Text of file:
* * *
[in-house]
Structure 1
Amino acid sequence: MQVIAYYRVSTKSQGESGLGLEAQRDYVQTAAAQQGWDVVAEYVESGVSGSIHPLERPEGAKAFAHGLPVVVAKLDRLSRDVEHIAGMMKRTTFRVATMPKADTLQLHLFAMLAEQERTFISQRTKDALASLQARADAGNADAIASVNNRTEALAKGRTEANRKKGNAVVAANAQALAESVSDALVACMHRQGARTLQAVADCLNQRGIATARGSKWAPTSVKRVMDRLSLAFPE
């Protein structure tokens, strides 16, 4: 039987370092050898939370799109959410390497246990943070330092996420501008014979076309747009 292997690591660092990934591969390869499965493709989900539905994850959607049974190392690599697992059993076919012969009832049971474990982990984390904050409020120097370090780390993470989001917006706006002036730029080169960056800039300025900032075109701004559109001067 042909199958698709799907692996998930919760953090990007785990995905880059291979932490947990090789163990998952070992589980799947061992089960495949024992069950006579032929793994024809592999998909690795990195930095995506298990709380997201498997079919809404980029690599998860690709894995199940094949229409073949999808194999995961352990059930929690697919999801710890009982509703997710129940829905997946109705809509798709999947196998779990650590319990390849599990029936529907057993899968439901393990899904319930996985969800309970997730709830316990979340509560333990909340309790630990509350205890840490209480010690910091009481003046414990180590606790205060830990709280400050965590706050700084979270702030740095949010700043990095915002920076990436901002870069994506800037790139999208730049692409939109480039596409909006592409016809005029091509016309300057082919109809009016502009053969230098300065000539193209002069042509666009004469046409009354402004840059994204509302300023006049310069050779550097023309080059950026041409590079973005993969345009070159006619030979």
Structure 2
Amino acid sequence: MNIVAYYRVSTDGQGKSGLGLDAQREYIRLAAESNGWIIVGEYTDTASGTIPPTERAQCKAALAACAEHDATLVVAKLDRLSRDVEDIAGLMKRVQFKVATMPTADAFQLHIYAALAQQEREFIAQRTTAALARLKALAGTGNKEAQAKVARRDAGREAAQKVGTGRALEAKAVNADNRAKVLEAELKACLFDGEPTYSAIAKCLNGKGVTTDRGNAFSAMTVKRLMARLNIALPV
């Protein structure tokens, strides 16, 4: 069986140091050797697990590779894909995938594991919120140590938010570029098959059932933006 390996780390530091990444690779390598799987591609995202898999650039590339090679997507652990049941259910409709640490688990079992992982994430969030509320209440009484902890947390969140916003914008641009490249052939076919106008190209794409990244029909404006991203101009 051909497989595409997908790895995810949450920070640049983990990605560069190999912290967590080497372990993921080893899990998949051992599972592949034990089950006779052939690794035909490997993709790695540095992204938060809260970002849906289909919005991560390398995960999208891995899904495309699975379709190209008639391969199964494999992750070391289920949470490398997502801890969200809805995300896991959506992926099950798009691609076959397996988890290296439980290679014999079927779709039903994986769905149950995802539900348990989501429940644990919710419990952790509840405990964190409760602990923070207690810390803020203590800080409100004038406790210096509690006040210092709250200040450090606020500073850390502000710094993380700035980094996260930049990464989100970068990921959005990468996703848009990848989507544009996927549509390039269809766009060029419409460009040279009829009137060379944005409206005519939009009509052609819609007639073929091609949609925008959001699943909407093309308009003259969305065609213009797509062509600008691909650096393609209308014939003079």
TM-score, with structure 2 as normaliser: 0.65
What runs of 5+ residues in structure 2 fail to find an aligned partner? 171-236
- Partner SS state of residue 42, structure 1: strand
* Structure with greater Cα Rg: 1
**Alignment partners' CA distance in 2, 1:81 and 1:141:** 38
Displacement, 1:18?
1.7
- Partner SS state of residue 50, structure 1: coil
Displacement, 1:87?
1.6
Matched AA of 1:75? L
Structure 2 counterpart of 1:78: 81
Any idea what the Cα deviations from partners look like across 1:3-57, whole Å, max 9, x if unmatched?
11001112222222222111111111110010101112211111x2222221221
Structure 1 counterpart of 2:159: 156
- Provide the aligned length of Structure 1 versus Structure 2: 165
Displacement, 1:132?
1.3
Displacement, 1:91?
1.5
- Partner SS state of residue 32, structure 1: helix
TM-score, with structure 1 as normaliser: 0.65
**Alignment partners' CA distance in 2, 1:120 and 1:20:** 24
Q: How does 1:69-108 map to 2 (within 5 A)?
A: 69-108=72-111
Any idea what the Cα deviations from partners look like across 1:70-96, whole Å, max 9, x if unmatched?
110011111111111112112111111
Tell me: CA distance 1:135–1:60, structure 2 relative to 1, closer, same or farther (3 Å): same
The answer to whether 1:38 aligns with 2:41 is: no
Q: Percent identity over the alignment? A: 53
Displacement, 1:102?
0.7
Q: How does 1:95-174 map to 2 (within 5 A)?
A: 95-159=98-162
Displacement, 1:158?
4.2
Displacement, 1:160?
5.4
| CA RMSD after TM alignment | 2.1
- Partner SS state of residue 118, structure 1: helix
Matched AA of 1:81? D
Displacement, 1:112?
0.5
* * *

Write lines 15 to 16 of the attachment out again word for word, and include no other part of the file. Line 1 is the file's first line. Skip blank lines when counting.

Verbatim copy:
- Partner SS state of residue 50, structure 1: coil
Displacement, 1:87?